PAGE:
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Sailor Rescued After Falling Overboard on USS America

The amphibious assault ship USS America (LHA 6) performs flight operations while underway to Rim of the Pacific 2016 on June 22, 2016, in the Pacific Ocean. (U.S. Navy photo/Demetrius Kennon)
The amphibious assault ship USS America (LHA 6) performs flight operations while underway to Rim of the Pacific 2016 on June 22, 2016, in the Pacific Ocean. (U.S. Navy photo/Demetrius Kennon)

ABOARD THE USS AMERICA -- A sailor is safe after falling off the flight deck of this amphibious assault ship in choppy waters.

The incident happened on Monday as Marine Corps F-35B Joint Strike Fighters began a final phase of shipboard developmental testing for the aircraft ahead of the first deployment of a squadron forward to Japan early next year. One of the factors being tested was how the aircraft performed in high sea states, so the America was operating in swells of four to six feet off the San Diego coast.

The sailor fell off the starboard side of the ship around 1 p.m., shortly after the arrival of a group of reporters covering the F-35 testing. He was in the water for between seven and eight minutes, an official told Military.com. An MH-60S Seahawk chopper that had already been conducting operations in the air above the America was called on to recover the sailor, deploying a rescue swimmer that brought him in.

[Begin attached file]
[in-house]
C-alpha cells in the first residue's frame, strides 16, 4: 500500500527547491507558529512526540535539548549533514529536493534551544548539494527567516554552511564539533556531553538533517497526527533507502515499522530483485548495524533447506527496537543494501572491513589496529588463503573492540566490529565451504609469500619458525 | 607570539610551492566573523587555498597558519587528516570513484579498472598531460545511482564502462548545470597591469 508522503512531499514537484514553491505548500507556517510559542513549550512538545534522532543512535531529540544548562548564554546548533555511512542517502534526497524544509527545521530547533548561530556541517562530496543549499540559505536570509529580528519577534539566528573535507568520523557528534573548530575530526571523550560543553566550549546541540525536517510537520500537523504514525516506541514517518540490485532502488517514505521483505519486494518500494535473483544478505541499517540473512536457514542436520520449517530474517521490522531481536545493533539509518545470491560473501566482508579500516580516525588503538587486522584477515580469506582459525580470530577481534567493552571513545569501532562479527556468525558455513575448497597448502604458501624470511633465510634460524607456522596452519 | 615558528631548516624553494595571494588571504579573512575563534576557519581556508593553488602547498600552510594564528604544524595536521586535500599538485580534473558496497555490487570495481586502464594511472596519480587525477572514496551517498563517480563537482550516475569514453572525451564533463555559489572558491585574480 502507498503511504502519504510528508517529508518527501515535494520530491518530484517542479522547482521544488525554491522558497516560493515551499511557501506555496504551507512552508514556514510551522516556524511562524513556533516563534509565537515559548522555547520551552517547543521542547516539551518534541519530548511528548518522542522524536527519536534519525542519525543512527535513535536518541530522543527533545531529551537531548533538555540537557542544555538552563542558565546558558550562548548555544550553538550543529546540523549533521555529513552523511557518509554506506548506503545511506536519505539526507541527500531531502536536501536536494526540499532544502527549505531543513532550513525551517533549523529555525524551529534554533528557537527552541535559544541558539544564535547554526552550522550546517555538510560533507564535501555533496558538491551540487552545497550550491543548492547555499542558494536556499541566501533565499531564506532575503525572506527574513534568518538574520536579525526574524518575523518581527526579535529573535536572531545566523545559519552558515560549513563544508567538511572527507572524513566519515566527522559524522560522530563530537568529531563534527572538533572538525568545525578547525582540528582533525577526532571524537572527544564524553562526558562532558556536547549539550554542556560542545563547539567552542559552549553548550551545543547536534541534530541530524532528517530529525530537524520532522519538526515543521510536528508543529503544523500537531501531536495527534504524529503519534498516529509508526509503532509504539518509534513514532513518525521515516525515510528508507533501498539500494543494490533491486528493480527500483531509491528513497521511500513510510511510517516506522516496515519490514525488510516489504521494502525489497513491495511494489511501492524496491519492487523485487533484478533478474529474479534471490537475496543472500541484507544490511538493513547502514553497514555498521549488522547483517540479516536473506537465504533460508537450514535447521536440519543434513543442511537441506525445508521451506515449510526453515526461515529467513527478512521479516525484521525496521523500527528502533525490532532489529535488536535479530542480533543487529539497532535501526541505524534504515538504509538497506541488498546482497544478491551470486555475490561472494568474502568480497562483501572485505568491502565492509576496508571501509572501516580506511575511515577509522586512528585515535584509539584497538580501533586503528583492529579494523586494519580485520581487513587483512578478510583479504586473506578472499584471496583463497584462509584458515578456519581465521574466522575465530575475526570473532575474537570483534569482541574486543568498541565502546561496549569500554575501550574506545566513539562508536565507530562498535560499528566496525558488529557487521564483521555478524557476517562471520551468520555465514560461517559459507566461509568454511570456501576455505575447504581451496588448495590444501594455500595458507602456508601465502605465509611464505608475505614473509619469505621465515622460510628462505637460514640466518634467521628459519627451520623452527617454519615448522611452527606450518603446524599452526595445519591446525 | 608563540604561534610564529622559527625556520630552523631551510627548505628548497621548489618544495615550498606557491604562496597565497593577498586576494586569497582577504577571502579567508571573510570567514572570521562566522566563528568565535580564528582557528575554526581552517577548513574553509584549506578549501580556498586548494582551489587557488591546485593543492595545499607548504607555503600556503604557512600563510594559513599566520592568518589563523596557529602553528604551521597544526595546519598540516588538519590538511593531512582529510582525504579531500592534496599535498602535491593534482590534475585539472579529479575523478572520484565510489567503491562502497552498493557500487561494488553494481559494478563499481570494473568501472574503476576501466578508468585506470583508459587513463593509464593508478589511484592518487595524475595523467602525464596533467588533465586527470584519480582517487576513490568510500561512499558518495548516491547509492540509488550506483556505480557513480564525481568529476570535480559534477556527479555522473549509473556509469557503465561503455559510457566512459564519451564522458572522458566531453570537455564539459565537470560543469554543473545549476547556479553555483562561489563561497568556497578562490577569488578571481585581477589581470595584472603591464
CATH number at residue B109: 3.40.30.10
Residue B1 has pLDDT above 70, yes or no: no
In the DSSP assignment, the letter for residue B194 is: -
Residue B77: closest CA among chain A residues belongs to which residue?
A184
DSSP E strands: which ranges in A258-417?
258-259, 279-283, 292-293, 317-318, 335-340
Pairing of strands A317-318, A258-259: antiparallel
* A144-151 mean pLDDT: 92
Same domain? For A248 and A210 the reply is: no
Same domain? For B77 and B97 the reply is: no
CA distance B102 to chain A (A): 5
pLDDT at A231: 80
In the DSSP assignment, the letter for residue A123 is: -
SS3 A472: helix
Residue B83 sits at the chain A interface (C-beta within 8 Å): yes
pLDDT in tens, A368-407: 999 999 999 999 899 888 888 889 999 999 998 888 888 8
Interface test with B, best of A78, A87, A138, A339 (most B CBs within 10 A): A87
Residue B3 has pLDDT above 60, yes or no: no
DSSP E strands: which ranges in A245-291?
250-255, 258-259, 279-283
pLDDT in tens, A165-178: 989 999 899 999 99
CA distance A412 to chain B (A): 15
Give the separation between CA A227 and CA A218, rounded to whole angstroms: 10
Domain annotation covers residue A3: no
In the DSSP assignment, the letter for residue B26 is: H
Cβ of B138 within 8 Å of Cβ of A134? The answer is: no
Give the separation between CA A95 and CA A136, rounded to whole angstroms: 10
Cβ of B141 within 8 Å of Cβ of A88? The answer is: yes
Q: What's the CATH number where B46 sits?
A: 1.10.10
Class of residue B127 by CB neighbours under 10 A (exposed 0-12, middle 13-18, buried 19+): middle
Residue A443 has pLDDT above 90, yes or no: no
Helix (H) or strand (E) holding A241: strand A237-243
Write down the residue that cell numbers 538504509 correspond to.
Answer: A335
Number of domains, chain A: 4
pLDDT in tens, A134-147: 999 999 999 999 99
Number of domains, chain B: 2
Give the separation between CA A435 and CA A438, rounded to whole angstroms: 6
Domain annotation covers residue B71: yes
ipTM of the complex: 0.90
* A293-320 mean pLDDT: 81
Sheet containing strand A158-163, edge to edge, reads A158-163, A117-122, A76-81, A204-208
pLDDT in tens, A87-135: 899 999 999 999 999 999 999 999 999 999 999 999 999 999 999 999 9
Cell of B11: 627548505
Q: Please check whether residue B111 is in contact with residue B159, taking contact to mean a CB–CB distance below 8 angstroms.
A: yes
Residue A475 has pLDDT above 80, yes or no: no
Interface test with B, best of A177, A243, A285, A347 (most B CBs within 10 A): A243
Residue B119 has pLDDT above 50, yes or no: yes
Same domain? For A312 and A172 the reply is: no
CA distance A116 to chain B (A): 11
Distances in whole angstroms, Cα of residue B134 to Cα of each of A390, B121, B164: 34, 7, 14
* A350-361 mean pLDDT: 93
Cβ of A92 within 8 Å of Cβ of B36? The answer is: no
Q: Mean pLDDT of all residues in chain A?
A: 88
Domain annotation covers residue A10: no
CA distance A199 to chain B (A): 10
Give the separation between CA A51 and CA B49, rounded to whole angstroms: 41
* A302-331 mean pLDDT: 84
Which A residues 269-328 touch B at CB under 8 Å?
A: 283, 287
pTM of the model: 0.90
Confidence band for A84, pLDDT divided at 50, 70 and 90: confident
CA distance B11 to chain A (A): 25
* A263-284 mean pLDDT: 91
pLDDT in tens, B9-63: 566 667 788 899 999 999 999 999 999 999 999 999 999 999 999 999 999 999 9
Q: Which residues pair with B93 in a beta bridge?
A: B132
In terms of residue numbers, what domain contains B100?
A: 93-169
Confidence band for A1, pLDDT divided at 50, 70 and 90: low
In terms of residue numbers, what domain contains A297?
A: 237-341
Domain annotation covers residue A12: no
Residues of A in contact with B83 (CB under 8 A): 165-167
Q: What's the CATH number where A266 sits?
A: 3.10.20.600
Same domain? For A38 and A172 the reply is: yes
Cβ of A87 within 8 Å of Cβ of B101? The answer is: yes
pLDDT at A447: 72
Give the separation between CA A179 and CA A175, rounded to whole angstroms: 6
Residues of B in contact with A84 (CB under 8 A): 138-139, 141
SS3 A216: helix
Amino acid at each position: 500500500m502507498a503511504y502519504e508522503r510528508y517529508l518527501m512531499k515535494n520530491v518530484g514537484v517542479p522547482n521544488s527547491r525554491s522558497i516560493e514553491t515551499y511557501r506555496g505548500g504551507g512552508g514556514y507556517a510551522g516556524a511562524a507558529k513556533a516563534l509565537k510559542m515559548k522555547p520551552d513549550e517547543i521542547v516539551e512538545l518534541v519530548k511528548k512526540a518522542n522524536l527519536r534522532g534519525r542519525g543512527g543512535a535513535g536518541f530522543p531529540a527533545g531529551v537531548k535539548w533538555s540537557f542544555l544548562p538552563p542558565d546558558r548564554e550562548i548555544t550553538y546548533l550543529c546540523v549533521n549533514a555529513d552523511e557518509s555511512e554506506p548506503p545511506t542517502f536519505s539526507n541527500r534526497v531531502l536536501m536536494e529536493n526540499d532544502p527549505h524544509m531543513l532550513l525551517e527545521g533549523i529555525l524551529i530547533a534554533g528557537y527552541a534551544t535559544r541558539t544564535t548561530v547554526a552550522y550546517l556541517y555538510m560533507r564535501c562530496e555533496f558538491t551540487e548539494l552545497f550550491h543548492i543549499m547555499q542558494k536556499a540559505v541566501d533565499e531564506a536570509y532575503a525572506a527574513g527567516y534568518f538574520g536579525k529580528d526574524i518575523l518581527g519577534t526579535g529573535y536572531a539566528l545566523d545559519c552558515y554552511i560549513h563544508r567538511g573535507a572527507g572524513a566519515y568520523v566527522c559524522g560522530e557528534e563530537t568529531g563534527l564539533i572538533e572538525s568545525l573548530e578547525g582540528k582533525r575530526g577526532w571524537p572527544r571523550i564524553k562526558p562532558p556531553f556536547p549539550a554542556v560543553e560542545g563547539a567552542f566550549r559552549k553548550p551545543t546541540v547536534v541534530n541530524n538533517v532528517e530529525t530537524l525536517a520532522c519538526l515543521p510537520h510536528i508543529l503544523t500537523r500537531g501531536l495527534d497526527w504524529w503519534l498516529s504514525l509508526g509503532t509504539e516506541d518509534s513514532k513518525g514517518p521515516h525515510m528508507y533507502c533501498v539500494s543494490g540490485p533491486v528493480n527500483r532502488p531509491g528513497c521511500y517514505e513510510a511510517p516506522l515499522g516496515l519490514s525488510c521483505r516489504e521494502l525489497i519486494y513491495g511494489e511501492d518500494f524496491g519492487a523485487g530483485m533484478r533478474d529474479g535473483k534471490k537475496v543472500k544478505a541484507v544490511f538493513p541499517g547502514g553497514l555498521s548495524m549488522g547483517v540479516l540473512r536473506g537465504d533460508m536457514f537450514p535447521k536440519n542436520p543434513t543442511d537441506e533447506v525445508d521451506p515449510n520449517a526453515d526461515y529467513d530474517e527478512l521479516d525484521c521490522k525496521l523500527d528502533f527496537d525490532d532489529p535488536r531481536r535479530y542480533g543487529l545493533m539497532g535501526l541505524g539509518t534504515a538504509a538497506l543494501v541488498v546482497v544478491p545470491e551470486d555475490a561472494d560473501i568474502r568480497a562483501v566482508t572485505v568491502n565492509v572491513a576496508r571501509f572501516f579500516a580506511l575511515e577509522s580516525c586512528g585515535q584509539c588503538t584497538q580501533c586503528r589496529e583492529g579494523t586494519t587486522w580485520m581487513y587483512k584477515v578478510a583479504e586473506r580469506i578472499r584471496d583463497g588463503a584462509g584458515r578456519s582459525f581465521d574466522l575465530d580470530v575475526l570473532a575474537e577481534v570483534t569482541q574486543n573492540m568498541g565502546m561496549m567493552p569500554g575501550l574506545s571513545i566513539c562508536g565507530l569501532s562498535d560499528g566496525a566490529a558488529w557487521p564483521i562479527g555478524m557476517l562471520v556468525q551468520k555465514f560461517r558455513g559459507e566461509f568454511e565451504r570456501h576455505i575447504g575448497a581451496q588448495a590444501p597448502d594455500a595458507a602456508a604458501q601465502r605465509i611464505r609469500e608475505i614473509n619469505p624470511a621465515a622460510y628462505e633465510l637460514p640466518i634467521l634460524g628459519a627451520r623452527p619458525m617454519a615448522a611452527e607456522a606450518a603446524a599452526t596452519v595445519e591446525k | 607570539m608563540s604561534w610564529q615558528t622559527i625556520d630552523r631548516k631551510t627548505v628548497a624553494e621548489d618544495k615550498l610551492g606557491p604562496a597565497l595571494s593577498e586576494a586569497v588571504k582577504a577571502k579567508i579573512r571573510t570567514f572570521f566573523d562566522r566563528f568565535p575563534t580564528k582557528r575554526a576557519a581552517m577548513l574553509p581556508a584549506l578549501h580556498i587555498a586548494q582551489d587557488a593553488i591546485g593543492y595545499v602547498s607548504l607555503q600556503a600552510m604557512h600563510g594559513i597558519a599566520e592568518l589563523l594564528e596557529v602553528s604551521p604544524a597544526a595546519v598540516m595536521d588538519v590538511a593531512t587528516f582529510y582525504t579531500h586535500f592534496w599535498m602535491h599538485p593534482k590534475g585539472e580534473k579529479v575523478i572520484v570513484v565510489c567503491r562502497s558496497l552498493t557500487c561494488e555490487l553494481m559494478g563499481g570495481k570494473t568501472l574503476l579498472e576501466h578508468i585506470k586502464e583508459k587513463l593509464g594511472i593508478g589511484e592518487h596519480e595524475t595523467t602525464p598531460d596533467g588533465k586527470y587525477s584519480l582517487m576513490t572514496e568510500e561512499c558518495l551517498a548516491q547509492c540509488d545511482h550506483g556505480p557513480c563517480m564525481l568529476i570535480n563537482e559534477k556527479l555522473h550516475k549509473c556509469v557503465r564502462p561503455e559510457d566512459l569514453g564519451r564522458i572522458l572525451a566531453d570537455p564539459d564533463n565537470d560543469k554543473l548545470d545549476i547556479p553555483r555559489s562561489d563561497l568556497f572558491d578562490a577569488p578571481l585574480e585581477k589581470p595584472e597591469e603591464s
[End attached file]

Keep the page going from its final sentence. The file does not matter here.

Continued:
Testing aboard the America paused as the ship took accountability of all crew members.

Although tossed by the water, the sailor was unhurt, an official said, and walked off the helicopter onto the flight deck on his own. He was taken to medical aboard the ship to assess his condition, officials said.

Incidents in which sailors fall overboard are extremely rare. This was the first for the America, which joined the fleet in 2014.

In a message to all aboard the ship, the commander of the America, Capt. Joseph Olson thanked the America’s search and rescue detachment. He warned the other sailors not to be outside on catwalks and narrow passageways while the ship operated in choppy seas.

The America will continue facilitating developmental test operations for the F-35 for the next three weeks.

-- Hope Hodge Seck can be reached at hope.seck@military.com. Follow her on Twitter at @HopeSeck.

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